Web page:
Jeff Gural’s GFP Nabs $191M Loan for 40 Worth Street


As the Federal Reserve pushes up interest rates faster than it has in decades, GFP Real Estate landed a $191 million loan for 40 Worth Street.

Jeff Gural’s firm secured the seven-year loan from a collection of banks led by Wells Fargo and including TD Bank and BankUnited. It will use the money in part to build out the Legal Aid Society’s new 199,000-square-foot offices at the Tribeca building.

The new loan replaces a $150 million loan provided by Capital One and TD Bank in 2015 that was set to mature in 2025.

The unusual deal included $155.7 million in permanent financing at a fixed rate and $35.3 million in construction financing at a floating rate. Generally, a permanent loan replaces a construction loan. In this case, the package included construction and permanent financing to reflect the building’s different phases of construction.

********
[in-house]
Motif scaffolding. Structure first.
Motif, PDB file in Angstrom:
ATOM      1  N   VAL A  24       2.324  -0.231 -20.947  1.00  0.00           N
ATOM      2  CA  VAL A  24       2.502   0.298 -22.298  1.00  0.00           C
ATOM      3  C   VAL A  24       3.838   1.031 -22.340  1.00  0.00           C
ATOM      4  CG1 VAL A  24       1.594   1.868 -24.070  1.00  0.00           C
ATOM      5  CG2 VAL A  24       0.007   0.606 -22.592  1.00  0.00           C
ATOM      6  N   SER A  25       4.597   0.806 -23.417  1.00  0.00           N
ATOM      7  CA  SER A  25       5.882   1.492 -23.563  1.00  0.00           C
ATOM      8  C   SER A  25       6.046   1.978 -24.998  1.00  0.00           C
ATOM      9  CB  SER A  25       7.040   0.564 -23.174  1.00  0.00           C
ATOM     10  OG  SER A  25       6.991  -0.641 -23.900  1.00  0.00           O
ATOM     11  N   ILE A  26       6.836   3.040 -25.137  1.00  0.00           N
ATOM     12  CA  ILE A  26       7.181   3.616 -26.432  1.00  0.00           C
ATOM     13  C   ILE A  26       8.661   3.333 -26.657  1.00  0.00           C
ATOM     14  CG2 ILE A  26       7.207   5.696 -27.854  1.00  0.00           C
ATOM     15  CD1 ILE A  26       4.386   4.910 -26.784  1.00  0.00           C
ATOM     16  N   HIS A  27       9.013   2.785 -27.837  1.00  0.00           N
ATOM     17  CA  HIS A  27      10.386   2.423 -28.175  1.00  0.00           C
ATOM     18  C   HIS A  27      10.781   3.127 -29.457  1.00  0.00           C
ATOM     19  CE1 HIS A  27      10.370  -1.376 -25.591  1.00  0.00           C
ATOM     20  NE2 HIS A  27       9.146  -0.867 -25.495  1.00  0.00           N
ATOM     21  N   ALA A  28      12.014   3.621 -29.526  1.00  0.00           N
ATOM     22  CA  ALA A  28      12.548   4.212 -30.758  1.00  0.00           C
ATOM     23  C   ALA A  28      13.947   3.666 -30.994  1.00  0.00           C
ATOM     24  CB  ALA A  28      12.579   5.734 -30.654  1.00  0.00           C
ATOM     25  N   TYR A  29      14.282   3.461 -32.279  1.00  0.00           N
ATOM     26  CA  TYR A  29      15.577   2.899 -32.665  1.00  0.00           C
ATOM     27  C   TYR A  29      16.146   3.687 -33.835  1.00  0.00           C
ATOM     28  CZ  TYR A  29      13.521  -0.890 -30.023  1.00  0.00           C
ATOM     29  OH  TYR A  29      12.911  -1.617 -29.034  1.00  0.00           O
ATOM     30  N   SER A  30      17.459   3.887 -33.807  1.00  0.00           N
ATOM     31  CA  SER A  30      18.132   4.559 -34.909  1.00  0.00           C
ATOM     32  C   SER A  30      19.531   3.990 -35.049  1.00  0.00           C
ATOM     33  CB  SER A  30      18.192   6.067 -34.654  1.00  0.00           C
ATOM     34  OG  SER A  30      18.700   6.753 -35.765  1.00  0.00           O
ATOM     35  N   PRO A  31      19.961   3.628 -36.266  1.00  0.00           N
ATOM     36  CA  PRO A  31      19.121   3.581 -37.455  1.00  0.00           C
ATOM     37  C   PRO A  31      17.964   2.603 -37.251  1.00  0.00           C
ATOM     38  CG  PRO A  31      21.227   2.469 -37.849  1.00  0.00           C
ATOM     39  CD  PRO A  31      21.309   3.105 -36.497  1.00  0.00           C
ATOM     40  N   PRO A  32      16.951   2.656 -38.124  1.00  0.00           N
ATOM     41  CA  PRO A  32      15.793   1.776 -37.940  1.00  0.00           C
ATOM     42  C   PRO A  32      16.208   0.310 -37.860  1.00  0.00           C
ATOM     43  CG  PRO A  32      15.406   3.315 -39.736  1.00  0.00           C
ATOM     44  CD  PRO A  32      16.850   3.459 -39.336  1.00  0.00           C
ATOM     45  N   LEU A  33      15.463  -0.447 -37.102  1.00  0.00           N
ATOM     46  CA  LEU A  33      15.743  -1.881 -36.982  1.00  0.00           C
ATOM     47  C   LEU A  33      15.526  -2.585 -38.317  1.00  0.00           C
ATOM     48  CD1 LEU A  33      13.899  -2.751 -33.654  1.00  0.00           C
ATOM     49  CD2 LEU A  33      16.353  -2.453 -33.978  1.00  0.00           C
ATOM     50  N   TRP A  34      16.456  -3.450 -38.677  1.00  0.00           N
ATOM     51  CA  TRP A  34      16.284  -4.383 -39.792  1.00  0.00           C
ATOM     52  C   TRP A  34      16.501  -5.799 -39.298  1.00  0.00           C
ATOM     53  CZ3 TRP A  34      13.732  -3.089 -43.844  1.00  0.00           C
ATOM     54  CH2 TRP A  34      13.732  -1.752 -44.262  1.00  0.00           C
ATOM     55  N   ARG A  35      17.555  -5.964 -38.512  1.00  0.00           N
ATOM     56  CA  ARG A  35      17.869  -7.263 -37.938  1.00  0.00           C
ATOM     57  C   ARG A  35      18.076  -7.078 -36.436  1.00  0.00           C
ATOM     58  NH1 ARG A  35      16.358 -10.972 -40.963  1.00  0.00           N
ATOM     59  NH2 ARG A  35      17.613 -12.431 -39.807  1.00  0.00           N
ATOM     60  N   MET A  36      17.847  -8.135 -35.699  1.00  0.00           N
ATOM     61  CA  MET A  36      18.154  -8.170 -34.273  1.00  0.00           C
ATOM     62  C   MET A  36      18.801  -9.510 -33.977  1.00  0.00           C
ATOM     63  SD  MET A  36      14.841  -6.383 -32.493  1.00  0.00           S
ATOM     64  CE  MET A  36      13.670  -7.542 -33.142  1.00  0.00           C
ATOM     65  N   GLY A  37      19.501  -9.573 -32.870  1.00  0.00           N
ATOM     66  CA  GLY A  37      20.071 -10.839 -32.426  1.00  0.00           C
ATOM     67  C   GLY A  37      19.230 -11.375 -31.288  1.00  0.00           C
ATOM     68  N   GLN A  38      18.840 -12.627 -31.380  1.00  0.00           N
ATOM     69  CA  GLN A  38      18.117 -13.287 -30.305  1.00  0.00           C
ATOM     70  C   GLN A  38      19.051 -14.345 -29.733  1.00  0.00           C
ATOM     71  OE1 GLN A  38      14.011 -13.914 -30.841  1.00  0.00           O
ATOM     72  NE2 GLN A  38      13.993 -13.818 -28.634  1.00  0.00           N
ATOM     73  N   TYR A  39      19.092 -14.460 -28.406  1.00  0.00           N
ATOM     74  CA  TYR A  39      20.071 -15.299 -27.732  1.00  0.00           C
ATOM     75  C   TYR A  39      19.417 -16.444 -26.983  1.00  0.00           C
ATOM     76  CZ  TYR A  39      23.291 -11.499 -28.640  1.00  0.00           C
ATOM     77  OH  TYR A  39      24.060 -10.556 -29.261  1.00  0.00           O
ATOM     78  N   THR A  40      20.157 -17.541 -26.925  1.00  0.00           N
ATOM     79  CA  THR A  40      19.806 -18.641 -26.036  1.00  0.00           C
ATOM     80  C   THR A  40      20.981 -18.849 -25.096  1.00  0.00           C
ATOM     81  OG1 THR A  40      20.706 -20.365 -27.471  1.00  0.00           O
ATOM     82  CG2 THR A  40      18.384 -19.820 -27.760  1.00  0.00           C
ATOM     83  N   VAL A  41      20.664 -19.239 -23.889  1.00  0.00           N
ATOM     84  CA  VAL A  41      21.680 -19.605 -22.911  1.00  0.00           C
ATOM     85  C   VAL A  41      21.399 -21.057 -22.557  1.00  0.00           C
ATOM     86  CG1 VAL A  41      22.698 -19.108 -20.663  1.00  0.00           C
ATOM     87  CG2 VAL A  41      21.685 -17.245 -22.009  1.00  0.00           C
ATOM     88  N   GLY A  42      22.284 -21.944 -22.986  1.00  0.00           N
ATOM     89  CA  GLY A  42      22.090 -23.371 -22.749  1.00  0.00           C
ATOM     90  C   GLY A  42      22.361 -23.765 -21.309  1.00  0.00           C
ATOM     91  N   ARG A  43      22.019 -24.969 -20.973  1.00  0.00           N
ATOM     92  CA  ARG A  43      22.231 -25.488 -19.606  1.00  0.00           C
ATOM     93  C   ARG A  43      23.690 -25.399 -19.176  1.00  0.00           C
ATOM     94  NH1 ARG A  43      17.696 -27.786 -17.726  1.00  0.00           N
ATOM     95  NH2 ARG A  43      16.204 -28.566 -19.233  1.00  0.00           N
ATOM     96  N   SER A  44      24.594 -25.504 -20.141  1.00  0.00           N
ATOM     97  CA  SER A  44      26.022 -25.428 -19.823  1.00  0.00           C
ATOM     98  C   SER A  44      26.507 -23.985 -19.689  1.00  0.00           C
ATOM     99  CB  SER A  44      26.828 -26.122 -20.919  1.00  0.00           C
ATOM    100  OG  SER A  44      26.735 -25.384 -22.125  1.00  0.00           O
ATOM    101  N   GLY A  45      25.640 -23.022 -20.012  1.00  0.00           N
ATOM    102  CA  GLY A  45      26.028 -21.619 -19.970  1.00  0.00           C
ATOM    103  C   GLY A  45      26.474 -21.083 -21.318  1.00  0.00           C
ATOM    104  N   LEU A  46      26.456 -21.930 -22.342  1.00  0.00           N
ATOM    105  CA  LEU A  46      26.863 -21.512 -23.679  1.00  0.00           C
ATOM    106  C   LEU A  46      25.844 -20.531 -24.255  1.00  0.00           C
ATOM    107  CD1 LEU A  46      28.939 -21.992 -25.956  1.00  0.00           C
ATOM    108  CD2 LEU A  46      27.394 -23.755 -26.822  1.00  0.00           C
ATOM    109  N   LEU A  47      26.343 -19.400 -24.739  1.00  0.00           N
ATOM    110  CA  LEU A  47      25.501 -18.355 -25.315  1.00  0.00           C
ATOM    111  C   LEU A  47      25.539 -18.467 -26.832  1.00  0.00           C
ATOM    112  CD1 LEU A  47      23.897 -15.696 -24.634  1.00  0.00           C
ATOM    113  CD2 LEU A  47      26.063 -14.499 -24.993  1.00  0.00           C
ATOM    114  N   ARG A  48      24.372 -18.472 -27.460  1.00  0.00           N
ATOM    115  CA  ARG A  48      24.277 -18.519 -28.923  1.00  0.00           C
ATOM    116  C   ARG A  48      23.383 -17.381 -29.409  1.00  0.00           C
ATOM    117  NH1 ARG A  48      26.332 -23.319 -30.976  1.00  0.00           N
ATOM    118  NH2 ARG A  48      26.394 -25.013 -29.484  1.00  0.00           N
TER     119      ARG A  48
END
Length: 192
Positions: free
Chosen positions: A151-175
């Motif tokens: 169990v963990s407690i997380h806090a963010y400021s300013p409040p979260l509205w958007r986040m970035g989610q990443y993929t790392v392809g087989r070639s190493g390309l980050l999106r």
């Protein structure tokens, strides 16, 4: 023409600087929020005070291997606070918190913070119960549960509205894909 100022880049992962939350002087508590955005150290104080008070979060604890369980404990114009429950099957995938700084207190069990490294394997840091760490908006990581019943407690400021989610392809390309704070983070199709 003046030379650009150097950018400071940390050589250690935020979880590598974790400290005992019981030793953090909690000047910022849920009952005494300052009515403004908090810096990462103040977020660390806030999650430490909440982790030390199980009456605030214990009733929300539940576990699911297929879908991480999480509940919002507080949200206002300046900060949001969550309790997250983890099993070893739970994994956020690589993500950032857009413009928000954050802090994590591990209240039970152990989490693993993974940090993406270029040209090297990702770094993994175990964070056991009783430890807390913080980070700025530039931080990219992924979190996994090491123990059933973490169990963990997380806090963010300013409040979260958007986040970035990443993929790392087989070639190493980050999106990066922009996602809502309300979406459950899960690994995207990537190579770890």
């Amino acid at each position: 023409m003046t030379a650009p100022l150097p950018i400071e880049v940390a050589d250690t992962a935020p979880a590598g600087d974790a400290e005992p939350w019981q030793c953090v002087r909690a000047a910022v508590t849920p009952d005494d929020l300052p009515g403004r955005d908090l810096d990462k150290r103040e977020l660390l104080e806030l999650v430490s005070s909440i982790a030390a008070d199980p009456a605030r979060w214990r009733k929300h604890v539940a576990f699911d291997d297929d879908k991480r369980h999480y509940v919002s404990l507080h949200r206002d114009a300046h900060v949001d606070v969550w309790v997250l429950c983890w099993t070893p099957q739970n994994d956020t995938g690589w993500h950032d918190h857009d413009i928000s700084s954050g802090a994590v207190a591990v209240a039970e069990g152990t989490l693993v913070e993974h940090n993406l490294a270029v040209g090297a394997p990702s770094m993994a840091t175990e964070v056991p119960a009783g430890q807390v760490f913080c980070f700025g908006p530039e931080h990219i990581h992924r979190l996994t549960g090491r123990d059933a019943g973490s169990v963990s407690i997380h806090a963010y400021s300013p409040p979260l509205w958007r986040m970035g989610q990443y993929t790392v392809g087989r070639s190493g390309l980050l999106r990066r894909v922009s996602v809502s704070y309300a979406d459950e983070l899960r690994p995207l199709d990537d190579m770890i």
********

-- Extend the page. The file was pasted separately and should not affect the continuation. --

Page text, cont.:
Legal Aid plans to occupy 125,000 square feet by August and 75,000 square feet in the remaining space under construction by March.

The nonprofit signed a 30-year lease at 40 Worth Street last June, moving from 199 Water Street and 80 Pine Street.

Paul Talbot of Newmark represented GFP Real Estate in the deal.

All available space in the building is leased. The property houses the East Coast headquarters of The Gap along with nonprofits the Acumen Fund, the Innocence Project, Legal Services NYC, Public Health Solutions, Weill Cornell and the Center for Family Representation.

Also known as the Merchants Square Building, 40 Worth Street was constructed in 1929.

Talbot declined to disclose the interest rates on the loan, but they were certainly lower than if the deal had closed a few weeks later. On Wednesday, the Fed hiked the Federal Funds Rate to 1.5 to 1.75 percent to combat inflation. It was the largest increase since 1994.

Rising interest rates make borrowing more expensive for landlords, squeezing profits and sometimes putting their control of properties in jeopardy. Industry sources say that a number of deals have been put on hold or repriced because rates have gone up.

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